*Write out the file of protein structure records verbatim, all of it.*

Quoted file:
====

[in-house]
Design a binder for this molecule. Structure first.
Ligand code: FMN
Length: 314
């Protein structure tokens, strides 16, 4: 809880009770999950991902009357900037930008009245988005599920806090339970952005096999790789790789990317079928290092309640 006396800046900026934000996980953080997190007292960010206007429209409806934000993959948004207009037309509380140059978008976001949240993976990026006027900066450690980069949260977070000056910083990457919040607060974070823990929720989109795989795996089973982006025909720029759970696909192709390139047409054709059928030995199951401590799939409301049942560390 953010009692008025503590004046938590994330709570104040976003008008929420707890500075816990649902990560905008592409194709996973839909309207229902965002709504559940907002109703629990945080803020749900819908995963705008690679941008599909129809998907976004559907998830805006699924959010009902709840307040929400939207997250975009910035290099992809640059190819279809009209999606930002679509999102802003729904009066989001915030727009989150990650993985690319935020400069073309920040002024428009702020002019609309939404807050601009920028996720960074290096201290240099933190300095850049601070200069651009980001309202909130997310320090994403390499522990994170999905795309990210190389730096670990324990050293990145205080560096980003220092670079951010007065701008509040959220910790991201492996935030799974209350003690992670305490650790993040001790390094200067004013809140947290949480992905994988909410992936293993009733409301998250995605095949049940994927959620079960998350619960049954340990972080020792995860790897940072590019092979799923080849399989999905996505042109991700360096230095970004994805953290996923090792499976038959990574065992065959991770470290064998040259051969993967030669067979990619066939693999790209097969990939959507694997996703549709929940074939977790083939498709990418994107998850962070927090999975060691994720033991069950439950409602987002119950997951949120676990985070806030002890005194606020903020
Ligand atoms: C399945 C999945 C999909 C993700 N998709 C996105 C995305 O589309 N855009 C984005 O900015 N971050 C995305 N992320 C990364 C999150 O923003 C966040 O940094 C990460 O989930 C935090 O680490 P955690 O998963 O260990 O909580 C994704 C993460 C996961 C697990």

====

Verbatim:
[in-house]
Design a binder for this molecule. Structure first.
Ligand code: FMN
Length: 314
């Protein structure tokens, strides 16, 4: 809880009770999950991902009357900037930008009245988005599920806090339970952005096999790789790789990317079928290092309640 006396800046900026934000996980953080997190007292960010206007429209409806934000993959948004207009037309509380140059978008976001949240993976990026006027900066450690980069949260977070000056910083990457919040607060974070823990929720989109795989795996089973982006025909720029759970696909192709390139047409054709059928030995199951401590799939409301049942560390 953010009692008025503590004046938590994330709570104040976003008008929420707890500075816990649902990560905008592409194709996973839909309207229902965002709504559940907002109703629990945080803020749900819908995963705008690679941008599909129809998907976004559907998830805006699924959010009902709840307040929400939207997250975009910035290099992809640059190819279809009209999606930002679509999102802003729904009066989001915030727009989150990650993985690319935020400069073309920040002024428009702020002019609309939404807050601009920028996720960074290096201290240099933190300095850049601070200069651009980001309202909130997310320090994403390499522990994170999905795309990210190389730096670990324990050293990145205080560096980003220092670079951010007065701008509040959220910790991201492996935030799974209350003690992670305490650790993040001790390094200067004013809140947290949480992905994988909410992936293993009733409301998250995605095949049940994927959620079960998350619960049954340990972080020792995860790897940072590019092979799923080849399989999905996505042109991700360096230095970004994805953290996923090792499976038959990574065992065959991770470290064998040259051969993967030669067979990619066939693999790209097969990939959507694997996703549709929940074939977790083939498709990418994107998850962070927090999975060691994720033991069950439950409602987002119950997951949120676990985070806030002890005194606020903020
Ligand atoms: C399945 C999945 C999909 C993700 N998709 C996105 C995305 O589309 N855009 C984005 O900015 N971050 C995305 N992320 C990364 C999150 O923003 C966040 O940094 C990460 O989930 C935090 O680490 P955690 O998963 O260990 O909580 C994704 C993460 C996961 C697990």